I have one final suggestion I'd ask you to think about. In a recent HealthLeaders article Dr. Gail Gazelle, assistant professor of medicine at Harvard University in Massachusetts and a master-certified coach for physicians, wrote how many healthcare professionals are "a little bitter" by the empty emails thanking them for their hard work, and that "Their thinking is, 'If you really cared about us, you'd come down and see what we're doing.' There's a sense that they're not being seen, that their efforts aren't being appreciated."
Like Gazelle, my advice is to personally be visible to your workers and truly commit. I always advocate for healthcare executives to schedule time to walk around their facilities, get to know their staff and patients, and see how the work of healthcare is done. Not only will it reinforce to you the vital role your organization plays, but it might also remind you that behind every number and statistic is a person providing an invaluable service for your organization and for your community.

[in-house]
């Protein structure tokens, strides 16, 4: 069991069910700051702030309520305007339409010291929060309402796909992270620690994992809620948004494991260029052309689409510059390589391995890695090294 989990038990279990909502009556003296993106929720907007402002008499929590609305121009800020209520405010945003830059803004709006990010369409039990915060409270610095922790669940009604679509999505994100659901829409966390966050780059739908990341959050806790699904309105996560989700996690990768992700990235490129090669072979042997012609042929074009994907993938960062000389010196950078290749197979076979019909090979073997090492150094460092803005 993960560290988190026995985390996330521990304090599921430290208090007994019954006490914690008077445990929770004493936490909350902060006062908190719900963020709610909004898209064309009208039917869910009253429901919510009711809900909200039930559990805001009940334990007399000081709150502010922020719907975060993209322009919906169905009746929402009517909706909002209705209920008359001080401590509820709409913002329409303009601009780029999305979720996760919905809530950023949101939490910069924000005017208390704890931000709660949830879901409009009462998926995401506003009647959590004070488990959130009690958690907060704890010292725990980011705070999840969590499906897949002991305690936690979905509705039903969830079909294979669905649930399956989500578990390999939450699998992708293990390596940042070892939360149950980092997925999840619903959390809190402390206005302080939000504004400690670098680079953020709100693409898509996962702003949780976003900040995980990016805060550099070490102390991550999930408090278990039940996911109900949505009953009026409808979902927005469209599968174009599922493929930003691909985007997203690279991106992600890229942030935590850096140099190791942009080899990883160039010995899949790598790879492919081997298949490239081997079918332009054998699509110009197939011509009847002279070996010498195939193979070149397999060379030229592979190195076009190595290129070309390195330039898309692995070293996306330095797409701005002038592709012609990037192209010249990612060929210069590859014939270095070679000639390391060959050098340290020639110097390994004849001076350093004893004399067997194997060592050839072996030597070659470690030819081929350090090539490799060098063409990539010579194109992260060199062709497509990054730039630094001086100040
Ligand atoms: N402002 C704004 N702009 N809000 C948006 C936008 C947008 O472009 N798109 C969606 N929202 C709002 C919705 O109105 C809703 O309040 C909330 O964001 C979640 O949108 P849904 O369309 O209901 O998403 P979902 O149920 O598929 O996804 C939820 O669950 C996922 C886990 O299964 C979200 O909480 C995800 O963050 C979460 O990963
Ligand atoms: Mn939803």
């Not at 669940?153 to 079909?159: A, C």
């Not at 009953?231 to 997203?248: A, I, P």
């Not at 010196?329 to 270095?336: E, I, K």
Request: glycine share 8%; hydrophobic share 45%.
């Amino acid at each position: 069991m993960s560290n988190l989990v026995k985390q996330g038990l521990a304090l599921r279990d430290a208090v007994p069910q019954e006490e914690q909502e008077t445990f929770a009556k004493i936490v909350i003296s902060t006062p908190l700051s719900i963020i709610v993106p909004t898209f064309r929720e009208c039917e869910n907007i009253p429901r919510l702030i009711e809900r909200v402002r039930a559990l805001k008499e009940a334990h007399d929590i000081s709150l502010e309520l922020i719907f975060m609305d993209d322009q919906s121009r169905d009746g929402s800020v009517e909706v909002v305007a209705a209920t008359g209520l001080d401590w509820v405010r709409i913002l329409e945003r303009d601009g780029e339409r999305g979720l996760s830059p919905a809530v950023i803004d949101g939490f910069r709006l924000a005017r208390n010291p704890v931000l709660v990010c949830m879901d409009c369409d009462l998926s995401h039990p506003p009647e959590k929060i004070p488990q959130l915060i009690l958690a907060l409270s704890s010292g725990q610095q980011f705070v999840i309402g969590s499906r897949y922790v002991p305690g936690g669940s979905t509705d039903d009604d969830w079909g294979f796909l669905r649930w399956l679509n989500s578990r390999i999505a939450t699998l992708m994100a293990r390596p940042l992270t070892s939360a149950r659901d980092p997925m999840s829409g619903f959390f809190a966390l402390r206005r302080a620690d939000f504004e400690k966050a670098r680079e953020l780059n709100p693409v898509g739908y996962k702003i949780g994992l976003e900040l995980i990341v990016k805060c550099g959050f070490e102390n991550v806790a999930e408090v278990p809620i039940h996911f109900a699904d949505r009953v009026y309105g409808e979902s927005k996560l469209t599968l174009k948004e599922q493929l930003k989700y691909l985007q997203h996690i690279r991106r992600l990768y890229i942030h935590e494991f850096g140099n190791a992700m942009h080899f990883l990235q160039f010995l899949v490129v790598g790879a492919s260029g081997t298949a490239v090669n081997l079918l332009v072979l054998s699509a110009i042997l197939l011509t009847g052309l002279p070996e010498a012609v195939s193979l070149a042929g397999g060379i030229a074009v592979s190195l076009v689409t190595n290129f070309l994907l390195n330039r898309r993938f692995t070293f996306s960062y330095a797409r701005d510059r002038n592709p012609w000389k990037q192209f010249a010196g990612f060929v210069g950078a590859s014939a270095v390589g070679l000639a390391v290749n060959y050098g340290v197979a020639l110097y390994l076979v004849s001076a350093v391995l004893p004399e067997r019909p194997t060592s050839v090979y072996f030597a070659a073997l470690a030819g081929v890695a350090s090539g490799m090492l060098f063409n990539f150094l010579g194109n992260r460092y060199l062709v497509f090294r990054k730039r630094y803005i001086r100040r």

When you want the best for your car in Vail and surrounding areas, Action Jackson Auto is the place to go. Voted best local auto repair for brakes, tires, and full service maintenance, the family-owned auto shop specializes in tires, brakes, batteries, and windshield repair.
The shop has been around since the ‘80s but was purchased five years ago by a local businessman and entrepreneur, Ross Blankenship, who renamed it Action Jackson Auto after his firstborn daughter, Jackson Rose. The Action Jackson Auto Family provides exceptional service and focuses on high-end vehicles such as Audi, BMW, Range Rover, Lexus, Mercedes Benz, Tesla, and Porsche, but can service any car. The Action Jackson Family has expanded the operation during their first five years of ownership from one to five bays, and increased the number of auto mechanics from three to almost 10, depending on the season. They take pride in paying living wages, and valuing their team as much as they do their customers.